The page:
It is unlikely that many minds were changed at the town hall meeting in Enterprise last week hosted by the Oregon Department of Fish and Wildlife.
The overwhelming majority of the 300 people who showed up for the three-hour session at Enterprise High School knew exactly where they stood on the issue of reintroducing wolves to Oregon - they were adamantly opposed to the idea.
I decided ahead of time that I was not going to voice my position on wolves in the face of such a large and hostile crowd. It did not seem like the time or place to admit that I am willing to at least consider the notion of allowing wolves to roam free in Hells Canyon and the Wallowa Mountains along with all the other critters who inhabit this little corner of the world. Besides, my job was to observe and report, not shoot off my mouth, which I know from previous experience is something I usually regret after the fact.
In some ways I identify with wolves - lonely, unpopular and misunderstood. They are beautiful animals and exceptional hunters who use teamwork to accomplish their goals. A few years ago I even bought one of Shelley Curtis's bronze sculpture of a lone wolf, which she entitled, "Lelupe Solitaire," and reverently placed it on one of my grandmother's tables where it quietly reminds me that we sometimes have to do what we do in life regardless of whether the people around us understand or even like it. In other words, sometimes we just have to go it alone.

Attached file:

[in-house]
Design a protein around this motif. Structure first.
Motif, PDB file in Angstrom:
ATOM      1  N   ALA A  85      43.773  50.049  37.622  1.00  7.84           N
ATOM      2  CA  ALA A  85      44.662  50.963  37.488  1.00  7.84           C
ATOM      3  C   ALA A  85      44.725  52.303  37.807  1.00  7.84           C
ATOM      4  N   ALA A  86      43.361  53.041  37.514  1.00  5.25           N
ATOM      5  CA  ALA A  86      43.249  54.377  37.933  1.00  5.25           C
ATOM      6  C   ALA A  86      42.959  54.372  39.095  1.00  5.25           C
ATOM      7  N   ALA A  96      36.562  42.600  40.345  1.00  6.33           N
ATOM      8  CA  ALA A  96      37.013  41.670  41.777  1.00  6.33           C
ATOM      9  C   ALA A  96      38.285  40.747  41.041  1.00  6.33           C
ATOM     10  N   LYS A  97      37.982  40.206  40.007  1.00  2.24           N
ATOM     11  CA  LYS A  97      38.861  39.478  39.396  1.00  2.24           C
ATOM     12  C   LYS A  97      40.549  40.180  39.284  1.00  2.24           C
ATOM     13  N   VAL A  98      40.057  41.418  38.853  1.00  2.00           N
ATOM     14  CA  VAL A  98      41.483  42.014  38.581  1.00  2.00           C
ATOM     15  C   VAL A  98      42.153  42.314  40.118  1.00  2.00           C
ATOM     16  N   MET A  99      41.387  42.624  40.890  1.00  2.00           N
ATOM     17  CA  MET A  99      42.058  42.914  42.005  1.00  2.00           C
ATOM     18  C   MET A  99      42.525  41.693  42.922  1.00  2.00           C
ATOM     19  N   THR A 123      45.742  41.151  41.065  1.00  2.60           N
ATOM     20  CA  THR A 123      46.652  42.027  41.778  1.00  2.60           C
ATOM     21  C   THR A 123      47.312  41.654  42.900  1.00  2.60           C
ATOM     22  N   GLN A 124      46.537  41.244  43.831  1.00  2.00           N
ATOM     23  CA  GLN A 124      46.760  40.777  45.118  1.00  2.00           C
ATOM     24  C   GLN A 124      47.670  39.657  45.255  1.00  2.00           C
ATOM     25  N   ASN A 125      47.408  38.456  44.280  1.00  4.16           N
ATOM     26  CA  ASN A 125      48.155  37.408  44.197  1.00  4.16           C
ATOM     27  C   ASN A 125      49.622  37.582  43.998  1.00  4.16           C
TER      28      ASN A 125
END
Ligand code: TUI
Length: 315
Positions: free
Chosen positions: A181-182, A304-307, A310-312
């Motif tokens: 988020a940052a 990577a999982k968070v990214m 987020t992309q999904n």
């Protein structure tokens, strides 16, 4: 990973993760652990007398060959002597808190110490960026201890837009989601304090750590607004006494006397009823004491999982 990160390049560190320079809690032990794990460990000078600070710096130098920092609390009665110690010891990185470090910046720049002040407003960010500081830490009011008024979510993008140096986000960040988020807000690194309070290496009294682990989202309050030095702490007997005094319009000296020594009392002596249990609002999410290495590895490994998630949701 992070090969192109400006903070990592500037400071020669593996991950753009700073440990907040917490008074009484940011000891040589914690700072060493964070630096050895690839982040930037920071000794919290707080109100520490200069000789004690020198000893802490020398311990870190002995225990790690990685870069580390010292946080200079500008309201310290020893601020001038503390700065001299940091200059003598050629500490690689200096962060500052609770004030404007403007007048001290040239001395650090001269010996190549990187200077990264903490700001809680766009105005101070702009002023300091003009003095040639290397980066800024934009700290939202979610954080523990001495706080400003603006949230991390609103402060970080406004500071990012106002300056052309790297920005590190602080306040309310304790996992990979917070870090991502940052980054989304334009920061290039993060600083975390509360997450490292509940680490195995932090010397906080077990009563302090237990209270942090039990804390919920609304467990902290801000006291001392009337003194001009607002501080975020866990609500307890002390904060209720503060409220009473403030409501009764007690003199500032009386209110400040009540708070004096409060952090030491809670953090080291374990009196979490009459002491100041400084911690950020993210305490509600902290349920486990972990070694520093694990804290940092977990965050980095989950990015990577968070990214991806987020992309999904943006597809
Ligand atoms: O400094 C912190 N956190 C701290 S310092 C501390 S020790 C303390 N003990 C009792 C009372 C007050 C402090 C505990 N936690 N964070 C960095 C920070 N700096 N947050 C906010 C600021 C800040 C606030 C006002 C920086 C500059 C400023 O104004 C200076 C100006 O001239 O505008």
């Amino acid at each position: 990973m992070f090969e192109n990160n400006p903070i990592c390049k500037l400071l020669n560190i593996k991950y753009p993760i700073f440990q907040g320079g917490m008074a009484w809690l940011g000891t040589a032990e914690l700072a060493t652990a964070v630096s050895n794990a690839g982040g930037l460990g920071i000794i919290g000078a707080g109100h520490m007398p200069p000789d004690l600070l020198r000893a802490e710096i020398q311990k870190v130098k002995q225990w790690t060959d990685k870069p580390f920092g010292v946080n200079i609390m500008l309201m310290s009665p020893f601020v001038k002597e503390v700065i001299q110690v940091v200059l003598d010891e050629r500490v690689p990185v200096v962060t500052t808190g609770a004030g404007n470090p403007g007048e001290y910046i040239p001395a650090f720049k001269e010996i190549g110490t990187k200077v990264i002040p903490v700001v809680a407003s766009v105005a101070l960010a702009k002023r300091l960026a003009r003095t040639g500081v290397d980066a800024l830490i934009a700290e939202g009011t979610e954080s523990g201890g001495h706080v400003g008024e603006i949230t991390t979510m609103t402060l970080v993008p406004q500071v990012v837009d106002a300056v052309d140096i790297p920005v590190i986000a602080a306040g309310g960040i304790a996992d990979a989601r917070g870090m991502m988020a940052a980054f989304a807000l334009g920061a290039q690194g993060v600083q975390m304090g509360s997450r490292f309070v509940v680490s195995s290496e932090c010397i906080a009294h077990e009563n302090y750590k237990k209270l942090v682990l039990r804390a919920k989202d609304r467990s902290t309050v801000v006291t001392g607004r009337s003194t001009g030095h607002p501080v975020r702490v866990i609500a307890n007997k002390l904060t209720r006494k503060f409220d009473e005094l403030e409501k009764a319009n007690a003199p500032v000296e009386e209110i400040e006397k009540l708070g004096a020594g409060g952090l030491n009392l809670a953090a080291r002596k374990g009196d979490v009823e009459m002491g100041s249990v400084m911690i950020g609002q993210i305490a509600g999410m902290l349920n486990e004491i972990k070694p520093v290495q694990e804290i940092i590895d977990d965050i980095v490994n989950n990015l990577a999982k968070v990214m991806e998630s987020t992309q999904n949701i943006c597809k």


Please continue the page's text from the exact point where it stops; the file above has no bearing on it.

When the wolf issue first came up several years ago I was surprised by the intensity of the opposition registered by my old friend Mack Birkmaier, a Wallowa County rancher whom I respect and admire, and other ranchers in this part of the state. Mack let me know he felt like I'd kicked him in the stomach by suggesting that if ranchers were talking about a wolf or two getting into their cows, then they must have already solved all of the major issues facing the cattle industry were down to sweating the small stuff. My reasoning went like this: There are no wolves in Oregon. Even if wolves are reintroduced, it will take years, maybe decades, for their populations to rebuild. In the meantime, how much damage could they do in the grand scheme of things? I considered Mack's fears overblown, that he and his cowboy buddies were "crying wolf" so to speak.
The light came on for me the other night when someone compared the wolf to the spotted owl. Then it was Deja Vu all over again. I flashed back to my days as the editor of an agricultural paper in the Midwest. That is where I was working when I first heard about the spotted owl and all the predictions of doom and gloom from people in the Pacific Northwest timber industry. At the time I put those dire predictions in the same category as Mack's concerns about wolves - isn't it just like the people back home to get all worked up about a warm and fuzzy little bird, I thought. How could an obscure owl possibly shut down the mighty timber industry and rid the woods of all those husky loggers in cork boots. Ridiculous! "My friends - and I love them to death - but my friends back home are "crying wolf," I explained to the folks in Ohio and Pennsylvania. "They're making a mountain out of a molehill." We had a good laugh over that one. Spotted owls? Yeah, right.
Twelve years later with two of three Wallowa County sawmills gone, many friends departed for the land of opportunity elsewhere, and the local economy in tatters ... the spotted owl is no longer a laughing matter.
Neither is the big, bad wolf.
The issue isn't so much the ability of the wolf to kill livestock, deer, elk or even, heaven forbid, people. The issue is how certain people will use the wolf like they used the spotted owl - to advance an environmental agenda that is contrary to the way we live in rural Oregon.
Now I get it, thanks to all those yahoos at the school the other night. Wolves aren't the problem. People who use wolves to hurt other people are the problem - still.
- Rick Swart, editor and publisher